Sunday, March 24

Former chief speaks out on crisis facing FAS


Datu Sudarsono Osman

Dato Posa Majais

KUCHING: Former Football Association of Sarawak (FAS) president Datu Sudarsono Osman has expressed his concern over the association’s failure to get a licence for the Crocs to play in the Malaysian League next season.

In a statement posted in the SarawakCrocs Facebook page, he delved into various issues on the management of the state professional football team including those raised by the current FAS leadership.

At a press conference last Saturday FAS had announced that Sarawak is denied the licence to play in next season’s Malaysian League due mainly to failure to meet financial requirements set by the Football Association of Malaysia (FAM). It was revealed that FAS was indebted to Social Security Organisation (Socso), Employees Provident Fund (EPF) and Inland Revenue Board (IRB).

FAS president Dato Posa Majais told reporters, “Some of the things are beyond us and involved the previous management.”

When pressed on how to resolve the crisis by FAM’s Oct 16 deadline, Posa replied that the previous FAS management must submit a detailed audit report.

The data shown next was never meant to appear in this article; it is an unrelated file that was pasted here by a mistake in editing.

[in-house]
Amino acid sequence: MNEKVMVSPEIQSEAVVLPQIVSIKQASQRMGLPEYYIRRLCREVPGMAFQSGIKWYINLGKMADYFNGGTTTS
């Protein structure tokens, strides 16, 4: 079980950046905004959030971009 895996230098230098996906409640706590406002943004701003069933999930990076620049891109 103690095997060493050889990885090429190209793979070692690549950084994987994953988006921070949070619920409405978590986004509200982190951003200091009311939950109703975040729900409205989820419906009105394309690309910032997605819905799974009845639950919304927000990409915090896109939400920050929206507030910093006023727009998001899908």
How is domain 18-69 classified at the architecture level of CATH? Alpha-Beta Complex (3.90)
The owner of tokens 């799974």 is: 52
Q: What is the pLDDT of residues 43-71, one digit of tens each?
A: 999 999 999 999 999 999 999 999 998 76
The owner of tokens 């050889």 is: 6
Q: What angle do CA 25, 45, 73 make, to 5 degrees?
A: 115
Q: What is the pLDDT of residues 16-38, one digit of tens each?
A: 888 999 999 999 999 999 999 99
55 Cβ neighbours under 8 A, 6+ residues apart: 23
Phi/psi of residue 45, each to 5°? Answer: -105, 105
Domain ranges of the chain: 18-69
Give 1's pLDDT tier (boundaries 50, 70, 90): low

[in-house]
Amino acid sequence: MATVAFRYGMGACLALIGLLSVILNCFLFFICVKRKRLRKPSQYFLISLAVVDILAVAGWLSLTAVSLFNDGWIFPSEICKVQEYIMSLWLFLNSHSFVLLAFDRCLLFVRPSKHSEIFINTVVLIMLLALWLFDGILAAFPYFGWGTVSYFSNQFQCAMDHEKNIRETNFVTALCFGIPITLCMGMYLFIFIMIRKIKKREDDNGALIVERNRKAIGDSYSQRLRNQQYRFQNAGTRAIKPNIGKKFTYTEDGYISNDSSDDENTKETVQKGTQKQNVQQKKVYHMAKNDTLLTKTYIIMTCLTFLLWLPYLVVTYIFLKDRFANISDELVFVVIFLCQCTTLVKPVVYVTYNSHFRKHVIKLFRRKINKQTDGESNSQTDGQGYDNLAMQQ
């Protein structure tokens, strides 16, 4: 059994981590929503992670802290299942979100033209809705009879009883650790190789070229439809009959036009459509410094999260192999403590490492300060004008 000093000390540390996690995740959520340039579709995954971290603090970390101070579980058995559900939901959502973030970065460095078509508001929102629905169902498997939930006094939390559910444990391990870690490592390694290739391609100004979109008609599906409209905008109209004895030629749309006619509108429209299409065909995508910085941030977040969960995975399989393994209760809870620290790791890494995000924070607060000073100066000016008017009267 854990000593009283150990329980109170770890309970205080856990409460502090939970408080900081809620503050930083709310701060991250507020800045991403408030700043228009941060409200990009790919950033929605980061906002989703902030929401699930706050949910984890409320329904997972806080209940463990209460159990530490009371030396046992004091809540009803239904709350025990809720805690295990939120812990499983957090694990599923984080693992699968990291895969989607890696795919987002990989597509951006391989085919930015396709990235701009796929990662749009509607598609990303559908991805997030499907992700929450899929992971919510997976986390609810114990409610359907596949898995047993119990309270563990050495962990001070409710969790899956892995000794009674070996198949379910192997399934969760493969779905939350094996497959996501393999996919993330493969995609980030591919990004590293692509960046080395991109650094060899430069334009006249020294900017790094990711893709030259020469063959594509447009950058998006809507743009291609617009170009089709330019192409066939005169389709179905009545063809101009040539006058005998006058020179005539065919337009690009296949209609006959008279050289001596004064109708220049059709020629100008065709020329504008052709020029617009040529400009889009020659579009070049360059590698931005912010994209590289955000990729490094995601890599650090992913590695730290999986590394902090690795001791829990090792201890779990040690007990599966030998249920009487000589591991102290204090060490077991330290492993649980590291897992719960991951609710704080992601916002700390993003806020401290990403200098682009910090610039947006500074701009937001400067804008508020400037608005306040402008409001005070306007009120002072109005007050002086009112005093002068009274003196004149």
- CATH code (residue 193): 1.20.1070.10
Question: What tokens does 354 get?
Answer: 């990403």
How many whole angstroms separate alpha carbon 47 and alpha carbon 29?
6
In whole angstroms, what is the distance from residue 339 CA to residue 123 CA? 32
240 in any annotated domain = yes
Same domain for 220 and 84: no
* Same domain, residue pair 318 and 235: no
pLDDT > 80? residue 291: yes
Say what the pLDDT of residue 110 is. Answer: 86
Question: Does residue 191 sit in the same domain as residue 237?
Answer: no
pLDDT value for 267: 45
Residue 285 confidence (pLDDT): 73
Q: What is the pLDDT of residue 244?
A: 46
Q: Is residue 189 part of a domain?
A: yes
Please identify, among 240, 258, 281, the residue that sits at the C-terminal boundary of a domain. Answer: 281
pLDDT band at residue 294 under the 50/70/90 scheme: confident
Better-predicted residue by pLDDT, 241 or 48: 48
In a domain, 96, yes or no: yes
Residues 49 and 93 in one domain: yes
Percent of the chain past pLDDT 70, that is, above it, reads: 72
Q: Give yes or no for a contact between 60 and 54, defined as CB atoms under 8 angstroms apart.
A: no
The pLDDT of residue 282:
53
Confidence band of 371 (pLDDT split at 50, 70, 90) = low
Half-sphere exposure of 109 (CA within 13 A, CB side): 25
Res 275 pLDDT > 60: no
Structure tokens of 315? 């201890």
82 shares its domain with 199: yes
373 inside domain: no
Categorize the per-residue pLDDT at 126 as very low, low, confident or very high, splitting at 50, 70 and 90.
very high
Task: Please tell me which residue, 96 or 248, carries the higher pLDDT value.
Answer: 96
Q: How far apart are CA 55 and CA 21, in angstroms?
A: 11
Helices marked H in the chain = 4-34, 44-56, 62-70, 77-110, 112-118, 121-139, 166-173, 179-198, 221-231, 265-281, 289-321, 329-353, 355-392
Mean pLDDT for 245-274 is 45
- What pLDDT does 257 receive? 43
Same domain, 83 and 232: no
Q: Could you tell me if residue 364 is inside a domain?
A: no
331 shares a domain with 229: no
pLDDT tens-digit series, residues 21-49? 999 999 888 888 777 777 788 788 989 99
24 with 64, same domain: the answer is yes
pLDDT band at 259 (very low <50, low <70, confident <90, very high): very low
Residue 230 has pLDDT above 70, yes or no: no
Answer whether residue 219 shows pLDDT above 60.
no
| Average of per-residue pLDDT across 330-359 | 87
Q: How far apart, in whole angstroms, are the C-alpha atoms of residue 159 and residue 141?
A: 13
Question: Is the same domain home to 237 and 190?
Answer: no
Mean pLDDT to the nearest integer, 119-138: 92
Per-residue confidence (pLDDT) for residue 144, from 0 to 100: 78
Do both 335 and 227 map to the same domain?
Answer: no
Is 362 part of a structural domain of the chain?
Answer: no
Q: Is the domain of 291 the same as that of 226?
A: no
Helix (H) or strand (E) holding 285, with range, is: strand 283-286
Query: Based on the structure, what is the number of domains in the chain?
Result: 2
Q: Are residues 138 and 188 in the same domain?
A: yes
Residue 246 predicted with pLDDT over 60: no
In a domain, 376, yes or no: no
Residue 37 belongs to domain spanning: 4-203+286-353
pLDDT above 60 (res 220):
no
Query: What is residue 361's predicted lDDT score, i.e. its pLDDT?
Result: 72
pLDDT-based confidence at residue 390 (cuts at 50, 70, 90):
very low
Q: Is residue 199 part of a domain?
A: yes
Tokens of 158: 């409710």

“They must complete the audit report for us to submit to KL, we really seek their cooperation, if they love Sarawak football,” he added.

Sudarsono, who helmed FAS from 2009 to 2016, said his management team spent seven years to put FAS and Sarawak football on a good footing.

“We did proper handing over of duties from the former Exco to the new one in a meeting on Sept 23, 2016. Several meetings also followed up to ensure the smooth transition of the management and proper team preparation for the following season. Of course taking over an organisation means taking over the assets, if any, and its liabilities,” he recalled.

Managing football, he added, is never easy.

“The management will continuously face multiple challenges and issues ranging from team performances, team harmony, players, supporters and finances. But all these challenges are the norms in professional football management and they all need to be tackled head on. You can’t avoid them,” he continued.

“The last thing you can do is to blame others for your situations. If anyone ever think that managing a professional football team is a walk in the park then that someone doesn’t know football. In my opinion, most important for now, the management and the team need to stay focused on winning the next home game in order to retain our status playing in the super league next season.”

The Crocs are currently lying in 10th spot among the 12 teams in the Super League with one remaining match to play. The bottom two teams at the end of the season will be relegated to the second-tier Premier League.

“Voicing your internal management problems will not help to build the players trust in the management,” Sudarsono advised.

“If players lose faith in the management we will risk losing all our local talents in which we have invested time, money and efforts,” he added.